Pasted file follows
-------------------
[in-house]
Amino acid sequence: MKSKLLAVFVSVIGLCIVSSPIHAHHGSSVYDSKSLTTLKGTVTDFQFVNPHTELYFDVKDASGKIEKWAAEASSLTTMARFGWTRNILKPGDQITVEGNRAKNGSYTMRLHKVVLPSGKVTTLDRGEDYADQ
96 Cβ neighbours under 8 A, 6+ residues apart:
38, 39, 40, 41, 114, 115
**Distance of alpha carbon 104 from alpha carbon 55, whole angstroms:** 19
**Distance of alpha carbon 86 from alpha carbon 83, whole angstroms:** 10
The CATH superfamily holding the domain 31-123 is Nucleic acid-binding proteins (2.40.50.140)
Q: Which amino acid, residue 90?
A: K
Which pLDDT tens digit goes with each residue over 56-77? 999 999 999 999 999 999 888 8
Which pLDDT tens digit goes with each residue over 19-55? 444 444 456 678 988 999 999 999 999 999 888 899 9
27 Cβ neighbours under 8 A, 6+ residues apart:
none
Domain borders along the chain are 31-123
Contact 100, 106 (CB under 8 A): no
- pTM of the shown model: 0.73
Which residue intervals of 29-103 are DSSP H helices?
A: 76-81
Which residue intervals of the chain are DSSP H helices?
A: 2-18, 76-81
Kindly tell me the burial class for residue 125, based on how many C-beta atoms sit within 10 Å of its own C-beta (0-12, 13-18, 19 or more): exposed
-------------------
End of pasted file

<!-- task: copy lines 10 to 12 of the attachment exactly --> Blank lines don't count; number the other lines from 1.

Which pLDDT tens digit goes with each residue over 56-77? 999 999 999 999 999 999 888 8
Which pLDDT tens digit goes with each residue over 19-55? 444 444 456 678 988 999 999 999 999 999 888 899 9
27 Cβ neighbours under 8 A, 6+ residues apart: